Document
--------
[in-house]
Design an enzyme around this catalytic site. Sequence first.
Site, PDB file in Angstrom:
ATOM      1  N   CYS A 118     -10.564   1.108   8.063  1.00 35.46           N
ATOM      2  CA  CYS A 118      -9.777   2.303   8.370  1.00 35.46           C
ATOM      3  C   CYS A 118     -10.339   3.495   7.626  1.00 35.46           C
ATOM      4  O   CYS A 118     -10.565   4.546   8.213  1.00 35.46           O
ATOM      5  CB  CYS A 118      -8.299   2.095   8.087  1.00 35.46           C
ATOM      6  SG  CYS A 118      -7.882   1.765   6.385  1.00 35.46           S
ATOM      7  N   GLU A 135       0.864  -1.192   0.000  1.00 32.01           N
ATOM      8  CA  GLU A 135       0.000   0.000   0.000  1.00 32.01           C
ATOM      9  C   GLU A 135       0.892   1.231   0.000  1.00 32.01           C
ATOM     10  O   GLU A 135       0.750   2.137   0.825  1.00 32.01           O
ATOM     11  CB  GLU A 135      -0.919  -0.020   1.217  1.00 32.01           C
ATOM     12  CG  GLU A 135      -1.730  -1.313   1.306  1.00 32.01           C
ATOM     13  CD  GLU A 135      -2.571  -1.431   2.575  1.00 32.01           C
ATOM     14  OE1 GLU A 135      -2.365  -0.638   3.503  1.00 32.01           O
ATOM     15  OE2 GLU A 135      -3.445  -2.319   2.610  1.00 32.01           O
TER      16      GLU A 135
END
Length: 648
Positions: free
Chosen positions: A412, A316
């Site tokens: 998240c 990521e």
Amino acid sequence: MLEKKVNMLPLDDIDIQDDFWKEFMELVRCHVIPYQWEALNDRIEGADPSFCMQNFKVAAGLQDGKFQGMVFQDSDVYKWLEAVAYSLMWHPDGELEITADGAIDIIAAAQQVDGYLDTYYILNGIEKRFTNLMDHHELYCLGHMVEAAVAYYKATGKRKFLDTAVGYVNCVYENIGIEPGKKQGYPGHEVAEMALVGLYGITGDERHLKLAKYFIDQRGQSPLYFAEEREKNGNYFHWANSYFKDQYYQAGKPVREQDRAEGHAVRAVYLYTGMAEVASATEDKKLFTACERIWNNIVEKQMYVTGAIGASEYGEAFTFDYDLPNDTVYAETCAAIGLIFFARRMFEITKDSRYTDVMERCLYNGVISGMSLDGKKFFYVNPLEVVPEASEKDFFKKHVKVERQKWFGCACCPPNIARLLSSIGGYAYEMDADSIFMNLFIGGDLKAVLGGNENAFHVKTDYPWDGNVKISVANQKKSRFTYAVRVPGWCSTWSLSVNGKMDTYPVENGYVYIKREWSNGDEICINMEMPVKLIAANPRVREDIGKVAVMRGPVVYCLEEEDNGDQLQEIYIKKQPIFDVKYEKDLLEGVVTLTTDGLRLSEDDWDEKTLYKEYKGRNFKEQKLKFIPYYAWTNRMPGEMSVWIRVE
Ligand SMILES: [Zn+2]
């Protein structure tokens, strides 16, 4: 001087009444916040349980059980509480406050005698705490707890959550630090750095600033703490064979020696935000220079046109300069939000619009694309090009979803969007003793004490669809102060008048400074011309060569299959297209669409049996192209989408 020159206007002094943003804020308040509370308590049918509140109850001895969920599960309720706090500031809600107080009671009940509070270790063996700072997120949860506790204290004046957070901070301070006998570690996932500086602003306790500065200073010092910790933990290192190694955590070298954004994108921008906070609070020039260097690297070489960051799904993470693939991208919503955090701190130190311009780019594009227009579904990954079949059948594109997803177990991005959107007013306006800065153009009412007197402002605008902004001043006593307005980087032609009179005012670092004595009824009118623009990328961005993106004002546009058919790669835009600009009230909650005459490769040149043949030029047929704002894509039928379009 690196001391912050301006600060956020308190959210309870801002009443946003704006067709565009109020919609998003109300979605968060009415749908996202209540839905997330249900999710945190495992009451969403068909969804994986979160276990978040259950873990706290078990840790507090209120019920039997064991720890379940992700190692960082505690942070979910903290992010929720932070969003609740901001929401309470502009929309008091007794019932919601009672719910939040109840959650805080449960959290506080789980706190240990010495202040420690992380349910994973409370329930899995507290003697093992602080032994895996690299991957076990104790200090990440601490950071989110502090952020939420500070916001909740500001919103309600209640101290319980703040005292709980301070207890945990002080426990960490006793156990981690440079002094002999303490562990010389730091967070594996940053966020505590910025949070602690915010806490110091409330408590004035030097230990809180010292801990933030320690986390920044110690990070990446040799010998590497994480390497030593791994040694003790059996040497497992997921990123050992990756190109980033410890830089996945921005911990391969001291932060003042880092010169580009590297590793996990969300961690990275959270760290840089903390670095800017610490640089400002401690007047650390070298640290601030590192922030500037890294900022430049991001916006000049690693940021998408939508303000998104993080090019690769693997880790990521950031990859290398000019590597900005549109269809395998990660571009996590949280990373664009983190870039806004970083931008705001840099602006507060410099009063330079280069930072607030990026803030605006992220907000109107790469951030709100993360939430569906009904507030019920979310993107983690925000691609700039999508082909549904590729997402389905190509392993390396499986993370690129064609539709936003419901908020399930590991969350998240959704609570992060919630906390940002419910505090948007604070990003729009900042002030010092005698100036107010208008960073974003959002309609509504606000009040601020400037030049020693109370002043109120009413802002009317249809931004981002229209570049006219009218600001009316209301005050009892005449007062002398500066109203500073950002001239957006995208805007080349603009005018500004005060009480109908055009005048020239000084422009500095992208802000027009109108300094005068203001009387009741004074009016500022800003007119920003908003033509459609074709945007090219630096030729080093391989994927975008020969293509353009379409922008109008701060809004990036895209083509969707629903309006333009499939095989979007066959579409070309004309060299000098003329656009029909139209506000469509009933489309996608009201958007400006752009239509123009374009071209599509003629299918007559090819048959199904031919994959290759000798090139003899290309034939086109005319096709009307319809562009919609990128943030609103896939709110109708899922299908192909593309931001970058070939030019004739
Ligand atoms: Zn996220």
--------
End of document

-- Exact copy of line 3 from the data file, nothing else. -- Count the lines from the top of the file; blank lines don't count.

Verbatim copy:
Site, PDB file in Angstrom: